The Three Wise Monkeys of our Age

Indeed, stunning and beautiful,

Harbin Ice And Snow Sculpture Festival

but perhaps also showing some danger of our times … of celebrating the cold …
… leaving us without words, forgetting the warmth of words and pushing us into the standards of the new world, mentioned by Lewis Mumford, talking in his book an The Myth of the Machine:

the only speed: faster, the only tempting destination: further away, the only desirable measure: larger and only one worthwhile quantity: more

Not allowing for any conflict, for anything in the way of the illusionary world of deception self-deception and promises which are not even meant to be kept.

The famous 3 wise monkeys, today not so much what thy stood for:

“see no evil, hear no evil, speak no evil”;

but instead it is about not having time to look closely, hearing, but being not easily ready to listen and permanently speaking, without saying anything …, or even worse: “speaking through emoticons”. I think there is still much unchanged, at least not much changed over time.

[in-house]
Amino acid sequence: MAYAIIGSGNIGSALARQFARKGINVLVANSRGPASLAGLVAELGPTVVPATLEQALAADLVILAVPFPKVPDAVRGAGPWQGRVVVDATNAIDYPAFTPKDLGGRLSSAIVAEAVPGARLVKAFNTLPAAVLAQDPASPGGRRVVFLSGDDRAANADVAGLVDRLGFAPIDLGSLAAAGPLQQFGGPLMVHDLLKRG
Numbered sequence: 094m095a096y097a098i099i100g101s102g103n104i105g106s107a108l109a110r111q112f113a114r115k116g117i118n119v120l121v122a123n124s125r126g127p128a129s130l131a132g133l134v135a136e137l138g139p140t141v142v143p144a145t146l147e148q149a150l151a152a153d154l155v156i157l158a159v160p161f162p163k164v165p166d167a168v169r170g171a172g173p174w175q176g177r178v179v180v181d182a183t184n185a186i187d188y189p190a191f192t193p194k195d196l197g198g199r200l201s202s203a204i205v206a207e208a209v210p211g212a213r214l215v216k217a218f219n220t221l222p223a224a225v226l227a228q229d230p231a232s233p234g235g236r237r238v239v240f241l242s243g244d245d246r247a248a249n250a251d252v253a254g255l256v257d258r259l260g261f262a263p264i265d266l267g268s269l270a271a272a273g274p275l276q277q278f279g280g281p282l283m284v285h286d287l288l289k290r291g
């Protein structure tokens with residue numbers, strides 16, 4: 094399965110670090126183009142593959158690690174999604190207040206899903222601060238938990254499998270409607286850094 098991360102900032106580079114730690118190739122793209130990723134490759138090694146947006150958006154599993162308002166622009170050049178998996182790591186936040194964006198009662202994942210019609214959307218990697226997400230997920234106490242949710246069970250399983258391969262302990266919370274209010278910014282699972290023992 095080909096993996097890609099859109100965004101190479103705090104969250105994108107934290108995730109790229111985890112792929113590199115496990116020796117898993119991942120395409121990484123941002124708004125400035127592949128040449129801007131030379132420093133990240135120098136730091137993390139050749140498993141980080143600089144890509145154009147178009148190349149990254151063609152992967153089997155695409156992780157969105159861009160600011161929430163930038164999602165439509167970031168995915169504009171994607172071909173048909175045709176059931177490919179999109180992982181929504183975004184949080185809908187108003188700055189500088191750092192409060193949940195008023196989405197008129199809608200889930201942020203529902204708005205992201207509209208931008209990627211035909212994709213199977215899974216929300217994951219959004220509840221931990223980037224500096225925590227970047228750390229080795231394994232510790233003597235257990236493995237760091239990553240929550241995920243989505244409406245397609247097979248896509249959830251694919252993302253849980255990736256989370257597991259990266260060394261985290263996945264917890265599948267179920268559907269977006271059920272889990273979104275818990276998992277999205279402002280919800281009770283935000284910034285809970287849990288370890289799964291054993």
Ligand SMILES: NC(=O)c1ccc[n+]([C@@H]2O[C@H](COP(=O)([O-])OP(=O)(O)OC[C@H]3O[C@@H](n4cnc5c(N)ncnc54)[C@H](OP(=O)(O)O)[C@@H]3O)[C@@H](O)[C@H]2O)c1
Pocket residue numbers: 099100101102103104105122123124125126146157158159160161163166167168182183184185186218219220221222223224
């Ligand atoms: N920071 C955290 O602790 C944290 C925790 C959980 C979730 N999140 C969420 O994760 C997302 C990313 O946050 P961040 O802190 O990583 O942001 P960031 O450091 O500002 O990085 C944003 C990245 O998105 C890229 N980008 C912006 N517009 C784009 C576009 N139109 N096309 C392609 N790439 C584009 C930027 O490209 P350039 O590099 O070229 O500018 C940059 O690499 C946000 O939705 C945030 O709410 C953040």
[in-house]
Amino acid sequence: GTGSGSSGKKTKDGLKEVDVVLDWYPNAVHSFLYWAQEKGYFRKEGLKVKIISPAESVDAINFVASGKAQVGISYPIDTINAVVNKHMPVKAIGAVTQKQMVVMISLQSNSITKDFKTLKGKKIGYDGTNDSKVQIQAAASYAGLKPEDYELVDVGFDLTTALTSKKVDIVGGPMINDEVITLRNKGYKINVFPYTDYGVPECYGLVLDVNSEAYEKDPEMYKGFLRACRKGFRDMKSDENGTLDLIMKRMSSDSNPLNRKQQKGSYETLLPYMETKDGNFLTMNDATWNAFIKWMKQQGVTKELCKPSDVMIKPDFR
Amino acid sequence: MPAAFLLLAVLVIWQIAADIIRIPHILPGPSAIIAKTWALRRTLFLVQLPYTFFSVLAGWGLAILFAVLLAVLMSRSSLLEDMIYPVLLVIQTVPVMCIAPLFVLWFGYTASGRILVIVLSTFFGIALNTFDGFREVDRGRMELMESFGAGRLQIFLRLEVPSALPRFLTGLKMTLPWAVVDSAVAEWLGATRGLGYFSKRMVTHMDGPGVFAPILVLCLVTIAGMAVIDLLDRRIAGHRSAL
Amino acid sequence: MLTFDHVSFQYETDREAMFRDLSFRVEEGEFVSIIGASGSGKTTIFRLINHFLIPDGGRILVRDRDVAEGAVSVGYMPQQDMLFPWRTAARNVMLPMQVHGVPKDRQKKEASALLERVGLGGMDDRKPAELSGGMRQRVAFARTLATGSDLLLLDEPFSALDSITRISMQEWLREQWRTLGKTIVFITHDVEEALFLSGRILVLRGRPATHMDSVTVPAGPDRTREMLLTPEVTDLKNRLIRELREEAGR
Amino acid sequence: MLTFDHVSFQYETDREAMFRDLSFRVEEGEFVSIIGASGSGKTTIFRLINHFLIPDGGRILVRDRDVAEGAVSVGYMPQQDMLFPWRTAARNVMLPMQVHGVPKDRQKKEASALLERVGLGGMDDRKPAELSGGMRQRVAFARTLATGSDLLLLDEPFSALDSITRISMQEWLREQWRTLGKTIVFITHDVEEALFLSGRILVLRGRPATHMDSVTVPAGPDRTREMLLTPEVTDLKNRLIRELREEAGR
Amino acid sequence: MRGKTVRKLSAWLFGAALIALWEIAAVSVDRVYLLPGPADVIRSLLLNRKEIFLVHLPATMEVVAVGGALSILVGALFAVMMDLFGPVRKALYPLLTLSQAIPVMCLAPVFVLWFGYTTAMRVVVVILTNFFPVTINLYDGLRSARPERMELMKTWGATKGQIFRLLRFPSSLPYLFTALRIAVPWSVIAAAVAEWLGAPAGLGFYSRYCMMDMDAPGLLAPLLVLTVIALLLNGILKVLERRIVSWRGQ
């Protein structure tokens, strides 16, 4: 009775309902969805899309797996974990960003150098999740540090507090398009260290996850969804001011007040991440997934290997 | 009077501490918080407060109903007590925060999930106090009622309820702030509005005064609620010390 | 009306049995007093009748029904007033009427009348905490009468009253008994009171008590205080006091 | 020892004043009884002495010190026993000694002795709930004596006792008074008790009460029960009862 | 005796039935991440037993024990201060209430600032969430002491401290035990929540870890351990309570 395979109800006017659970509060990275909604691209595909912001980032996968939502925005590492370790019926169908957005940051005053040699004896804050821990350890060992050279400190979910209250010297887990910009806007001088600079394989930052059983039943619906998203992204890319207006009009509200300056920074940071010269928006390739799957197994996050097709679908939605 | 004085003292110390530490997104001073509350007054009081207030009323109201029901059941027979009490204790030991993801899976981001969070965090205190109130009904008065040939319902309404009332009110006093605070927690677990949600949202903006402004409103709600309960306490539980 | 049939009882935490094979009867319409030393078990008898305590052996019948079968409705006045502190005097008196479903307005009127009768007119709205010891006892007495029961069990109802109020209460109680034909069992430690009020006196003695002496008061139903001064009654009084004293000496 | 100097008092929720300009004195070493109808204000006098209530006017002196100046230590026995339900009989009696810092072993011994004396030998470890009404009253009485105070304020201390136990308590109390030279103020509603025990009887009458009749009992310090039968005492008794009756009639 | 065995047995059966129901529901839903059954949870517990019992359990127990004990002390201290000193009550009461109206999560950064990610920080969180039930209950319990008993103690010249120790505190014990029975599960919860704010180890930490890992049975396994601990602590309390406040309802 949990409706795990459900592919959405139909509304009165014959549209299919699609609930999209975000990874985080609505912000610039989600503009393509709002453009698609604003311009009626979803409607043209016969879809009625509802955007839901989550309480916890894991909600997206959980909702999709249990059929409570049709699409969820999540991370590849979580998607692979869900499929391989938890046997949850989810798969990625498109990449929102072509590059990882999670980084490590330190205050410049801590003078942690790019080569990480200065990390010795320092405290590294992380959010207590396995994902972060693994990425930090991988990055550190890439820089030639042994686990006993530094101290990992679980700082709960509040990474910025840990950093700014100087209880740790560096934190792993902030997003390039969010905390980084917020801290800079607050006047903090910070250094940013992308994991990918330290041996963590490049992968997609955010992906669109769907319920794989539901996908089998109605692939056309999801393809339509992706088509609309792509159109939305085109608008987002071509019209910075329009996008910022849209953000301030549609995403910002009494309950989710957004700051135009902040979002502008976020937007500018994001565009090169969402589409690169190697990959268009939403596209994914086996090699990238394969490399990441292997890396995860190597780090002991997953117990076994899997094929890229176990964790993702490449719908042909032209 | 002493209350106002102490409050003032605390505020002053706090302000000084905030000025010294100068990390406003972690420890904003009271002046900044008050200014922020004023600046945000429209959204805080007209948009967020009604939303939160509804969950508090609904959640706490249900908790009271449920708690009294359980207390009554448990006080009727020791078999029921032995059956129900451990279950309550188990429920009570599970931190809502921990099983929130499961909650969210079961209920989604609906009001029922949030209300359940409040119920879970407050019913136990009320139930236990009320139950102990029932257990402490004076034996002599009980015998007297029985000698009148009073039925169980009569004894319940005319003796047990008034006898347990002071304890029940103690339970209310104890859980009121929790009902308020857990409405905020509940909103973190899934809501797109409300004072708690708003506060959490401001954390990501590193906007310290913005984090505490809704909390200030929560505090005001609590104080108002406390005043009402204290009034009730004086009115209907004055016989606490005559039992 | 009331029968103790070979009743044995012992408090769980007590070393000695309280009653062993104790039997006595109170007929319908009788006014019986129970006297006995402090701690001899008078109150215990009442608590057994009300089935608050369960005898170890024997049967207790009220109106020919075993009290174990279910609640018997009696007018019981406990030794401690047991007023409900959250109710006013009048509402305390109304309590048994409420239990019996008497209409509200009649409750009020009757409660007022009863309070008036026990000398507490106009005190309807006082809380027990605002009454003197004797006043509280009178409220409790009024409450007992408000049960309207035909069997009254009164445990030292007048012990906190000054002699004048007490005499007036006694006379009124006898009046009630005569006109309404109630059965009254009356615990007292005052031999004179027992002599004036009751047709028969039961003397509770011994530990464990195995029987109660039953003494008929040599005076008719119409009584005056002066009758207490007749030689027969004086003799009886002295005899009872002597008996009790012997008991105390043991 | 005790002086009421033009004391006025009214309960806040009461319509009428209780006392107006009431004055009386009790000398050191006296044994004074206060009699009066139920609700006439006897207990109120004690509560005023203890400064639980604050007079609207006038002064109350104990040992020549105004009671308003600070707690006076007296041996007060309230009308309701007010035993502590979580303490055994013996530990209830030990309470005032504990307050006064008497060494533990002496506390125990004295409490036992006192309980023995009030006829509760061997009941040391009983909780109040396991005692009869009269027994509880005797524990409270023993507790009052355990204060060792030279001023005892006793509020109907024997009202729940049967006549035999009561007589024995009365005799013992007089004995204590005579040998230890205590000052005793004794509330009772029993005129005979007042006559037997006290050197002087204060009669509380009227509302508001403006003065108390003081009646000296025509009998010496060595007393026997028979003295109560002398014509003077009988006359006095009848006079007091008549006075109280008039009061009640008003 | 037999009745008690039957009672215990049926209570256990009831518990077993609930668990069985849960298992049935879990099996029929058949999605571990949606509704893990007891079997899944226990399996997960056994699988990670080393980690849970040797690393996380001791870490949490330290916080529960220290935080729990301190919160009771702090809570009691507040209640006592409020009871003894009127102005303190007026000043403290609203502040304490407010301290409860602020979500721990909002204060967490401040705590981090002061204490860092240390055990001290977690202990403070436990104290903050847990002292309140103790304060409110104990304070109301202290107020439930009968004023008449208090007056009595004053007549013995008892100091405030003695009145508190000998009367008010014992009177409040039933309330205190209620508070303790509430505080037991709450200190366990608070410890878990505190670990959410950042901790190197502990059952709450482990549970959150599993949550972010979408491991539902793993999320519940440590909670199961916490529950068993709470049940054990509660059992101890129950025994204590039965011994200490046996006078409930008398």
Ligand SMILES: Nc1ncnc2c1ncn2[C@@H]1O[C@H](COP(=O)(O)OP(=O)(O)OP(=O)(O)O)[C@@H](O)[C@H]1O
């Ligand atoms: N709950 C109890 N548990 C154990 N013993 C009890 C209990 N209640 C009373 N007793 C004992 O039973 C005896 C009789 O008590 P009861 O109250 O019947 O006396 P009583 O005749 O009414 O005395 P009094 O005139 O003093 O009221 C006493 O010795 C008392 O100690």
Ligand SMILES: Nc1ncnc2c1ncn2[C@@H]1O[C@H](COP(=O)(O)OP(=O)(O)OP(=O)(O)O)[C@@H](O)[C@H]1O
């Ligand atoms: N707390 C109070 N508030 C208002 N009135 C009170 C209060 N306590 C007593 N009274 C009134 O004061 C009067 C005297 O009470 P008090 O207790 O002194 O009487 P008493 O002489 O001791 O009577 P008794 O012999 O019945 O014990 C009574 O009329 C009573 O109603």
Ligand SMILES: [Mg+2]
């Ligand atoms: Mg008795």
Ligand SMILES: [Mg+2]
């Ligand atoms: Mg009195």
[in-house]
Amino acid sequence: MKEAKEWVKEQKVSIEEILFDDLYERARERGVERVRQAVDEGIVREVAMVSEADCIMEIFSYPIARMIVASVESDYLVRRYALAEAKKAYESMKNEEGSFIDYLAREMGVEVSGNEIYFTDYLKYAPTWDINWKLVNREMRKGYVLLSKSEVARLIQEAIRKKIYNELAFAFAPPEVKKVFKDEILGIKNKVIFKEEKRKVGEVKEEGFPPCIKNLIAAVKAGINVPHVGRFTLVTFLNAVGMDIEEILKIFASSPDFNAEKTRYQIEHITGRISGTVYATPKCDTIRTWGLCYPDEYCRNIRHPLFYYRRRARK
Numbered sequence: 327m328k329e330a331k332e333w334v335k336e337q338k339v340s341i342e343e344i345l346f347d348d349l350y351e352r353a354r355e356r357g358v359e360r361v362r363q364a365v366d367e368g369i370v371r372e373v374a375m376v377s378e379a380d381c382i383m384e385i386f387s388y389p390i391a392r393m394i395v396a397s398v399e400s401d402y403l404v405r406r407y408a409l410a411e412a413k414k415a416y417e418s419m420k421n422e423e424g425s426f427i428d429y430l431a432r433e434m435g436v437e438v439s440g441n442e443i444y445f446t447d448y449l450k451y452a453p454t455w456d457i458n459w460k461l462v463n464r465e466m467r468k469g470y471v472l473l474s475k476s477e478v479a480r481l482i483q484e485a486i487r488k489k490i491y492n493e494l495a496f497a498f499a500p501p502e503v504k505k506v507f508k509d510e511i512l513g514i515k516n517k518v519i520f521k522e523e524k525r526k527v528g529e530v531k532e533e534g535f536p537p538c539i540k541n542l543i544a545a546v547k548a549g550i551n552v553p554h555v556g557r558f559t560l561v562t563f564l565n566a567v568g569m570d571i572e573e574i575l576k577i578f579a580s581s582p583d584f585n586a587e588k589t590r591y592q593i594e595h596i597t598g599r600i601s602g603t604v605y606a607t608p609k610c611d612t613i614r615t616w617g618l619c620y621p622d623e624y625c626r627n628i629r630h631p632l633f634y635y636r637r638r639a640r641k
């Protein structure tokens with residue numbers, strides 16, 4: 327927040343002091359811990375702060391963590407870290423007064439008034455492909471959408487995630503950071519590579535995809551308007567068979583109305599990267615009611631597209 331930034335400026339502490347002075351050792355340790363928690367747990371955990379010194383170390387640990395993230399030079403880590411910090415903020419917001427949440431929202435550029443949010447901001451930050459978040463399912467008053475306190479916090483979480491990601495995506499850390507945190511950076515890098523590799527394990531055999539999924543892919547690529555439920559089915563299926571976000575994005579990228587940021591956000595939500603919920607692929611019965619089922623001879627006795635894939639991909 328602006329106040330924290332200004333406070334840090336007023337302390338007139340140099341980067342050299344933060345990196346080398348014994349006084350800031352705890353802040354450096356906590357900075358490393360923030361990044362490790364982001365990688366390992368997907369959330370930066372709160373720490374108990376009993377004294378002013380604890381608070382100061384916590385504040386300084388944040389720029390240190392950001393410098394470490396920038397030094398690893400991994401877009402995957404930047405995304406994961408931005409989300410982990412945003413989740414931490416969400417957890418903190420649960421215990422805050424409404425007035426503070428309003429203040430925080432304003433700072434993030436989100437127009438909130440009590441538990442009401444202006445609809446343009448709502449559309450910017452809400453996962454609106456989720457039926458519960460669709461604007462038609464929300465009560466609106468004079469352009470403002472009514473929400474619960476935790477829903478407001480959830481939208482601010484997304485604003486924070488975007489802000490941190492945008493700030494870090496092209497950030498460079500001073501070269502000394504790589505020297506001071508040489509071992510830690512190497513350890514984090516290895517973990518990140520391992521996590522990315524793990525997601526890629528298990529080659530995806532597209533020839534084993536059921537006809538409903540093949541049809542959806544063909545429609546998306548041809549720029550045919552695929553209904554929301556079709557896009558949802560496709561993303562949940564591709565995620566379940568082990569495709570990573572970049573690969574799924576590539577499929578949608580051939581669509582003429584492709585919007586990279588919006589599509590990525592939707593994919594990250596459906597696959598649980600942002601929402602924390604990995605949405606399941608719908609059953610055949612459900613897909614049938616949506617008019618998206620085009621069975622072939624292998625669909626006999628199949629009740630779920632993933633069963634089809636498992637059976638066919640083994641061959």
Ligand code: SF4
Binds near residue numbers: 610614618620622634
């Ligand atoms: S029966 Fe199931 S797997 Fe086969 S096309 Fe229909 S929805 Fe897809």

But all this, and finally the reduction of using words on emoticons, and reducing what we say on what we “have to say” — reflecting that what we produce is for exchange, and not about value … – the rest dissolving in an unbearable lightness of being, into nothingness …

We cannot change the fact that we are moving on in time, but we may be able to change the direction …

No matter how obvious the irrational character of the whole may manifest itself and, with it, the necessity of change, insight into necessity has never sufficed for seizing the possible alternatives. Confronted with the omnipresent efficiency of the given system oflife, its alternatives have always appeared utopian. And insight into necessity, the consciousness of the evil state, will not suffice even at the stage where the accomplishments of science and the level of productivity have eliminated the utopian features of the alternatives-where the established reality rather than its opposite is utopian.

From Herbert Marcuse’s One-Dimensional Man: 283




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